Jilin province—Capital: Changchun


Situated in northeastern China, Jilin Province is one of the three regions in the world known for the black earth. It produces a great quantity of grain, minerals, and special products and grows a vast expanse of forests.
Jilin Province is also one of the major forest regions in China. The Changbai Mountains in eastern Jilin, known as the "Changbai Sea of Forests," rise and fall for 1,000 kilometers. Here grow Pinus sylvestriformis and other ancient trees. The province features 7.769 million hectares of timberland and 41.3 percent of forest cover. It produces 6 million cubic meters timber yearly, the second in China.
Jilin boasts of rich mineral resources. A total of 136 minerals have been discovered, and the deposits of 75 discovered minerals have been ascertained. The province leads other provinces, autonomous regions, and municipalities in terms of oil shale reserve, comes out in front in the reserves of chromium, nickel, molybdenum, cyanite, andalusite, mould-casting sand, refractory clay, limestone, vein quartz, diatomite, speckstone, plumbago, and gypsum, and has rich deposits of gold, silver, petroleum, natural gas, and coal.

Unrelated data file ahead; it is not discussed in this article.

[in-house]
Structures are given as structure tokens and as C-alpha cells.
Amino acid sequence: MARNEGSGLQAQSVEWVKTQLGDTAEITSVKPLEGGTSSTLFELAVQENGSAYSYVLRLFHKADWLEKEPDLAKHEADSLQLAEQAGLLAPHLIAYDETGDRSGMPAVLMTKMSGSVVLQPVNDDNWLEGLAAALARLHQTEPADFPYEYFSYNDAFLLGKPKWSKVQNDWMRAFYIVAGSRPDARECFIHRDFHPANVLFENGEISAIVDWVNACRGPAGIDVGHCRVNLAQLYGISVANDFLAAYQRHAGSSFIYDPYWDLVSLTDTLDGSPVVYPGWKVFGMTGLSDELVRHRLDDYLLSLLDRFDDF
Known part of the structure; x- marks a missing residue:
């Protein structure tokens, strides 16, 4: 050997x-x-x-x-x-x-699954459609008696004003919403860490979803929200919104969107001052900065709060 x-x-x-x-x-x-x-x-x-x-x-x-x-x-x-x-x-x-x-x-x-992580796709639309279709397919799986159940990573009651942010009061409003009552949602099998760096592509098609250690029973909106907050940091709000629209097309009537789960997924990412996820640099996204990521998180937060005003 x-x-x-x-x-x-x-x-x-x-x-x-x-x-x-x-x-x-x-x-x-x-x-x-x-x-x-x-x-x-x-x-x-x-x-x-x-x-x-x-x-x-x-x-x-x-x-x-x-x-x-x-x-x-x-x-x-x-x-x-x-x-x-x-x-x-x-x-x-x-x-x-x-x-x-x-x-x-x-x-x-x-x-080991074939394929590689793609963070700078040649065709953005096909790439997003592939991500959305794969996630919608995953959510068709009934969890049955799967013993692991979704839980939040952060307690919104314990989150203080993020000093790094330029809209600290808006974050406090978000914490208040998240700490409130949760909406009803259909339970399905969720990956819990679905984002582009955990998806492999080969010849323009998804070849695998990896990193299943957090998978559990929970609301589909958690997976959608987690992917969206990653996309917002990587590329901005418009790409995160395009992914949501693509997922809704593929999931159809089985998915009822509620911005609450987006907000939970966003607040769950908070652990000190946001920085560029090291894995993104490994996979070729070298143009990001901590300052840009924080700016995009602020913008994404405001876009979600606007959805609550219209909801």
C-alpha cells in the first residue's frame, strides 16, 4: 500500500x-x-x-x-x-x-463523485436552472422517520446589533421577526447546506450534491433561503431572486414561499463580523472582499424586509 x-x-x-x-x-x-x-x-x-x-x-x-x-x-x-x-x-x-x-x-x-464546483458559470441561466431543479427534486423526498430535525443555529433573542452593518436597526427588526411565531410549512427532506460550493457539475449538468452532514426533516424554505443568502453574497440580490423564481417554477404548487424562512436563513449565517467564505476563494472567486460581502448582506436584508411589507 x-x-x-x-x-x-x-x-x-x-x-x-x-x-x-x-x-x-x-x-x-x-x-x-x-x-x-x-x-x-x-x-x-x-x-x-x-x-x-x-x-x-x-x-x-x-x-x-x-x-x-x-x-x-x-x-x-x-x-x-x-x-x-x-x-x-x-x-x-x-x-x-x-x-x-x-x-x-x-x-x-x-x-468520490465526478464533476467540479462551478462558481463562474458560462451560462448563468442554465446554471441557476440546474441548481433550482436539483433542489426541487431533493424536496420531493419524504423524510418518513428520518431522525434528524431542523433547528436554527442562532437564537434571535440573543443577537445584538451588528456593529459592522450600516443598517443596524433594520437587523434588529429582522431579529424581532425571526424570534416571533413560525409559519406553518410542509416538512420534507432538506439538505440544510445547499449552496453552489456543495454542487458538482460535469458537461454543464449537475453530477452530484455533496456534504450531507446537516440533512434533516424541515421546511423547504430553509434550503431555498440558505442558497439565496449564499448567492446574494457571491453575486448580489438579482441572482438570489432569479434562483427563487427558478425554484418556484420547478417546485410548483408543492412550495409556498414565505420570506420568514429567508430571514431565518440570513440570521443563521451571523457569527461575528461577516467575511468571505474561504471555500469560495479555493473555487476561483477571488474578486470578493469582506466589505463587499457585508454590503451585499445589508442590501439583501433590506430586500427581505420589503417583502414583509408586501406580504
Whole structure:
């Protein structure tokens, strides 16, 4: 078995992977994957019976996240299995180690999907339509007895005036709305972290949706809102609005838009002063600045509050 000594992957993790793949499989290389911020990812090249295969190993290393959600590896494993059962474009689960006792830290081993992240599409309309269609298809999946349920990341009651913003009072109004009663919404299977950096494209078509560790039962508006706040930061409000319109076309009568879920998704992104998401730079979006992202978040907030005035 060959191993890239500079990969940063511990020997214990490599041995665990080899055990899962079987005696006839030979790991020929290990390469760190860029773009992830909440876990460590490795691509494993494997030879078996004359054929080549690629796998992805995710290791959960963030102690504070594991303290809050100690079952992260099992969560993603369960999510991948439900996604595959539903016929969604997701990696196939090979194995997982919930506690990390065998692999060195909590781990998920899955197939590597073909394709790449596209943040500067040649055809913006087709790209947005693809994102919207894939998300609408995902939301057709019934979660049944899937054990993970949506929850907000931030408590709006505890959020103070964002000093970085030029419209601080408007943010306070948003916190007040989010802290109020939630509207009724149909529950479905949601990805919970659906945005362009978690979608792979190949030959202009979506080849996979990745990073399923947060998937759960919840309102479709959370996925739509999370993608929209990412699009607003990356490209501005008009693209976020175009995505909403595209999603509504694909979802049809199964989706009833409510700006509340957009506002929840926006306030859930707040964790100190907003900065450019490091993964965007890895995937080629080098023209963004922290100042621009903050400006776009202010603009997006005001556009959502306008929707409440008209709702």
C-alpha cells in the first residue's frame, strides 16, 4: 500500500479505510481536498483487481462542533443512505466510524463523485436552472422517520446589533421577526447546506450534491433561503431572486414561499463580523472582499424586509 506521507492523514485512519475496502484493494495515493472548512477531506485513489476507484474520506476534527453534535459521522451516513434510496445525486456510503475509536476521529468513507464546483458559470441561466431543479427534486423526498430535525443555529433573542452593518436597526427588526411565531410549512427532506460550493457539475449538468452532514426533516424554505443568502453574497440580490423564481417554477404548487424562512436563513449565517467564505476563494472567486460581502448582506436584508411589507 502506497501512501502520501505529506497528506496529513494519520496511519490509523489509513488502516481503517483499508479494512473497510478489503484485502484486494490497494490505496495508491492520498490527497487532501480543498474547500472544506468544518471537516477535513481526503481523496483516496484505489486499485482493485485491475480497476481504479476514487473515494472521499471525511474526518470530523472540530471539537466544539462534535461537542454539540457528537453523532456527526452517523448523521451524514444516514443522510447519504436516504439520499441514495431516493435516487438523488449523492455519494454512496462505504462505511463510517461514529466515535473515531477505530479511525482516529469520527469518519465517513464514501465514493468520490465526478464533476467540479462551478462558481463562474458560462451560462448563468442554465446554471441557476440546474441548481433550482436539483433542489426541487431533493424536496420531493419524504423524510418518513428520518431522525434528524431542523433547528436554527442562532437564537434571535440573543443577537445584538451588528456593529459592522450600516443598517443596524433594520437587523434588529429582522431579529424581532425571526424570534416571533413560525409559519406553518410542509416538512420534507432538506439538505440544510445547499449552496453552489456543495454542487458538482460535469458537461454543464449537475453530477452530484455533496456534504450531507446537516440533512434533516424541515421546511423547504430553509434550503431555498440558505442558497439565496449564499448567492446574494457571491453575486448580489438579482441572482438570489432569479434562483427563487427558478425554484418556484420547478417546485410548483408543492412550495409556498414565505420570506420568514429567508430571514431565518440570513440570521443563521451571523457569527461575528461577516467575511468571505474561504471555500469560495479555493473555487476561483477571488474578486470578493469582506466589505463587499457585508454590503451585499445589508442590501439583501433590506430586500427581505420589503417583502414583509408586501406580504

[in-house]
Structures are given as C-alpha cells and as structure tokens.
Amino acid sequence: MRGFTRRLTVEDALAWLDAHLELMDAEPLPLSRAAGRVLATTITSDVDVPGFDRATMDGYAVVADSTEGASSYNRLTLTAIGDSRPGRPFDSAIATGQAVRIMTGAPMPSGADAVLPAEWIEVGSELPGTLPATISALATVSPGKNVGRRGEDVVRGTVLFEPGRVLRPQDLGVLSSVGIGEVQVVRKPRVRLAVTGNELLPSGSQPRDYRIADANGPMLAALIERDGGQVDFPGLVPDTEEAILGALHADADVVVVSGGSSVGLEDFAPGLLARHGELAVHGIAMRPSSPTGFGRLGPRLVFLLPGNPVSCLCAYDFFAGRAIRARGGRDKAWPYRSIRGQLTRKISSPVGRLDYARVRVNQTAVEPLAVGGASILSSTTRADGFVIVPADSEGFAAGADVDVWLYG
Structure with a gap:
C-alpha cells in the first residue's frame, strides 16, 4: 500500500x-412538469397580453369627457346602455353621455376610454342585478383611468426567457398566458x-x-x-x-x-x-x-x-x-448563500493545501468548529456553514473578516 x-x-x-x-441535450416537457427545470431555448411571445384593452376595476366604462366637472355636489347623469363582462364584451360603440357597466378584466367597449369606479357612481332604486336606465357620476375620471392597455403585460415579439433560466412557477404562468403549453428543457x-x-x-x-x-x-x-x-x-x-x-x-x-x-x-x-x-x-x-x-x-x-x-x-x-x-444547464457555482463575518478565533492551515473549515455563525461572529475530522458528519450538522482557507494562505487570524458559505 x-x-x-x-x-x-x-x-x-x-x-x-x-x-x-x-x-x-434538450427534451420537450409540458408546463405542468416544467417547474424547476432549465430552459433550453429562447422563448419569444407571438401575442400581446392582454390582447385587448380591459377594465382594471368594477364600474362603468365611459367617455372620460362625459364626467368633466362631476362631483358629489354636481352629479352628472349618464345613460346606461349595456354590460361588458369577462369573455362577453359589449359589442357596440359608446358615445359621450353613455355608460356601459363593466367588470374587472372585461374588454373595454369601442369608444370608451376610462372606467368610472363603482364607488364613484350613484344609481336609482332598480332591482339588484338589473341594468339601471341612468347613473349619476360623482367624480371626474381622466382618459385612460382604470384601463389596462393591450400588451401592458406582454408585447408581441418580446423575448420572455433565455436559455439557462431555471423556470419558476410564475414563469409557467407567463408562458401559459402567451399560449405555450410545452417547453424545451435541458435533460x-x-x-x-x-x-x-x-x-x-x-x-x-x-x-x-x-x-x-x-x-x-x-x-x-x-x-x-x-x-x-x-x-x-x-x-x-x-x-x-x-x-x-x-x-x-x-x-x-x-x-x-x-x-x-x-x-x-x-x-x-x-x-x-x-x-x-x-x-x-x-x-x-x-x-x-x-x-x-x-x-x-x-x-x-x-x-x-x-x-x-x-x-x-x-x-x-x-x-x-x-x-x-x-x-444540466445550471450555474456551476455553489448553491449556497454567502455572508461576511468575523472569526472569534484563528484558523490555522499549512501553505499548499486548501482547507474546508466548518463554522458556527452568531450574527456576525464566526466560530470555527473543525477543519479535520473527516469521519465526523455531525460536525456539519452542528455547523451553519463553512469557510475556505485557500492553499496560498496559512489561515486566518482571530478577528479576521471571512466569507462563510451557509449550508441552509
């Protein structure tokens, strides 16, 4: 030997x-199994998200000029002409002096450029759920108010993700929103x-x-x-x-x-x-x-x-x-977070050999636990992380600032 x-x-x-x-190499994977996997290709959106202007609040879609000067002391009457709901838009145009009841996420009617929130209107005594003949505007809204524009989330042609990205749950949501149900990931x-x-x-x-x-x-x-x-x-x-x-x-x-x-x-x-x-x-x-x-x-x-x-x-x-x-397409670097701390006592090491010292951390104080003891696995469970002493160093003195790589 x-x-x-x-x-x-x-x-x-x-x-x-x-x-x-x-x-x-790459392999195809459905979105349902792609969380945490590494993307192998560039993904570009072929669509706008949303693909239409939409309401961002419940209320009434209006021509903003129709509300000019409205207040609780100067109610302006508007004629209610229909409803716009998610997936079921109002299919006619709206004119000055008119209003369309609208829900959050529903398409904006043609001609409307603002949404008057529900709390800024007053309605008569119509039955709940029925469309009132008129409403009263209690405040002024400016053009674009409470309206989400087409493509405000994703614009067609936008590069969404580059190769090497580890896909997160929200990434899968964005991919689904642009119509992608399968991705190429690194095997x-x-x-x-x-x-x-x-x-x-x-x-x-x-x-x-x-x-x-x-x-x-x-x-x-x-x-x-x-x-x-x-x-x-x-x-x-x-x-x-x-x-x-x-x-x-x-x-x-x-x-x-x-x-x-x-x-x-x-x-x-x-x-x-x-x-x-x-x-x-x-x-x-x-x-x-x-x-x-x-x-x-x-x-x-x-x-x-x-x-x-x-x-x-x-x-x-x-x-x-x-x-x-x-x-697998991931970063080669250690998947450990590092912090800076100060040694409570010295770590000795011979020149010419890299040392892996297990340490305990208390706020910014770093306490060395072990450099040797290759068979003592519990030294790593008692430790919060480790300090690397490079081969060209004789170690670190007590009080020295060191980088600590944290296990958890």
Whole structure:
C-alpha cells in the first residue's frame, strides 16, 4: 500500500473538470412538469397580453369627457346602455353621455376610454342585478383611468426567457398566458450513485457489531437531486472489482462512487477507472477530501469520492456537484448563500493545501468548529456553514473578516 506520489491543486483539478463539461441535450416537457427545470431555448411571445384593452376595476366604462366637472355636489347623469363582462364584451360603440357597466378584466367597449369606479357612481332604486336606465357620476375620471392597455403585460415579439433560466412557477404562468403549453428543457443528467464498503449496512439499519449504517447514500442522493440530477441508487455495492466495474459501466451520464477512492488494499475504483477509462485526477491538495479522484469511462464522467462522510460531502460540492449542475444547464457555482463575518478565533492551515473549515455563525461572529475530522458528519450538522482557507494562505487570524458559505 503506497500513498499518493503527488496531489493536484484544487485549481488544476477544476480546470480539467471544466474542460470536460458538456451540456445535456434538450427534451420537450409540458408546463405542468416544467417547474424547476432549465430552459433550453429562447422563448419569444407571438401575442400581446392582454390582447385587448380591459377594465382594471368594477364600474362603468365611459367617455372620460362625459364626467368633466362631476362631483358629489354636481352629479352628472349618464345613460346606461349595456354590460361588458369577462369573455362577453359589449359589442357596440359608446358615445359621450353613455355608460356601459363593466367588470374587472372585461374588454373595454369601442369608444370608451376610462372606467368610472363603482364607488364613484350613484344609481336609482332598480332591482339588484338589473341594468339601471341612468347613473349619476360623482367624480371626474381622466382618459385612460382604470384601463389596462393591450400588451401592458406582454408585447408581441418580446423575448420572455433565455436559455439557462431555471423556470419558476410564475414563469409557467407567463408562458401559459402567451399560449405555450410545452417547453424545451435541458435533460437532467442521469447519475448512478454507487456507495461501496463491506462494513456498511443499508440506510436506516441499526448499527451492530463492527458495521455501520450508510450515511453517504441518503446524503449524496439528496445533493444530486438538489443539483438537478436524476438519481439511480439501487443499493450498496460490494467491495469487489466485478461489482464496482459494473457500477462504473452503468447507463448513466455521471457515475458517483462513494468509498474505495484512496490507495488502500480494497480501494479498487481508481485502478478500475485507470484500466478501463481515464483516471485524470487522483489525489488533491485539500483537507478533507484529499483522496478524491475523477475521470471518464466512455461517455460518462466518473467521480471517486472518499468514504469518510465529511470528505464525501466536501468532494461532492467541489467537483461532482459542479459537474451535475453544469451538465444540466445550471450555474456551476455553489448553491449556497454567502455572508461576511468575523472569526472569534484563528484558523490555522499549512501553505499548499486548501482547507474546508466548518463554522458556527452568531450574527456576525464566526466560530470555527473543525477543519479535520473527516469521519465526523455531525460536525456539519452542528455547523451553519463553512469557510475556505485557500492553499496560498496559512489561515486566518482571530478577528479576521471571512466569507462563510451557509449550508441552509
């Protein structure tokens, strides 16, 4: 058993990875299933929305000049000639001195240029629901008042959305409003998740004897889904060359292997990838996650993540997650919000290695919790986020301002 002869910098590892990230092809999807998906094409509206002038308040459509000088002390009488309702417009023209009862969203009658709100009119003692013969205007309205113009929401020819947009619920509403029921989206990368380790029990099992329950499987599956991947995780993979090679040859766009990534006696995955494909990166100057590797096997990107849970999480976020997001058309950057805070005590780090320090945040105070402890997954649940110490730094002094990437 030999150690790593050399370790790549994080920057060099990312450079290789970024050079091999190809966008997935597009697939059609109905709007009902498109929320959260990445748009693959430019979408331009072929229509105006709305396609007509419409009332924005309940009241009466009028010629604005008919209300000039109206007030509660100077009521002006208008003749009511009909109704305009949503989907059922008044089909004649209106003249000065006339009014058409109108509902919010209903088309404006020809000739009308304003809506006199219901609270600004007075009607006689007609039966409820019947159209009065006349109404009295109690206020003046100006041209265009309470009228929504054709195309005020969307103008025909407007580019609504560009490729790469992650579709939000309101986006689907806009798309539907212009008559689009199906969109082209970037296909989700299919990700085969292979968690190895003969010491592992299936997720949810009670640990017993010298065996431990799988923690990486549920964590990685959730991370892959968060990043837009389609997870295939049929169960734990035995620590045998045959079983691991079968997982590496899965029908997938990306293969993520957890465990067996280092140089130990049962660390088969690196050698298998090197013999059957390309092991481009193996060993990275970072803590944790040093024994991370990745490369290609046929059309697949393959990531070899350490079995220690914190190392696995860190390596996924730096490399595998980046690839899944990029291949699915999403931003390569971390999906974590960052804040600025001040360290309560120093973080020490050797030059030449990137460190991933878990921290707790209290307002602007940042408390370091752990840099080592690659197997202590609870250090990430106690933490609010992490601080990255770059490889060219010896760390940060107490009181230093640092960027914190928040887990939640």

Jilin is a world-renowned producer of the "three treasures of northeastern China,"- ginseng, mink, and pilous antler. Its output of ginseng and pilous antler surpuses that of other regions in China. Ginseng from Xinkaihe of Ji'an City has the best quality. There are more than 2,700 species of wild plants, including 90 of medicinal value. Of which over 70 can be used in the manufacture of perfumes and tonics. There are also more than 80 specimens of edible fungi. Glossy ganoderma, elevated gastrodia, astragali, and other medicinal herbs have long been known far and wide. Hedgehogtfungus and other special products are much sought after by consumers, both Chinese and foreign.
Jilin has abundant tourism resources. There are 12 tourist areas, 349 tourist spots, 92 sightseeing spots, 35 nature reserves, and 8 places of historic interest and scenic beauty, 104 historical sites under state and provincial protection, 21 national forest parks, and 3 provincial tourist resorts.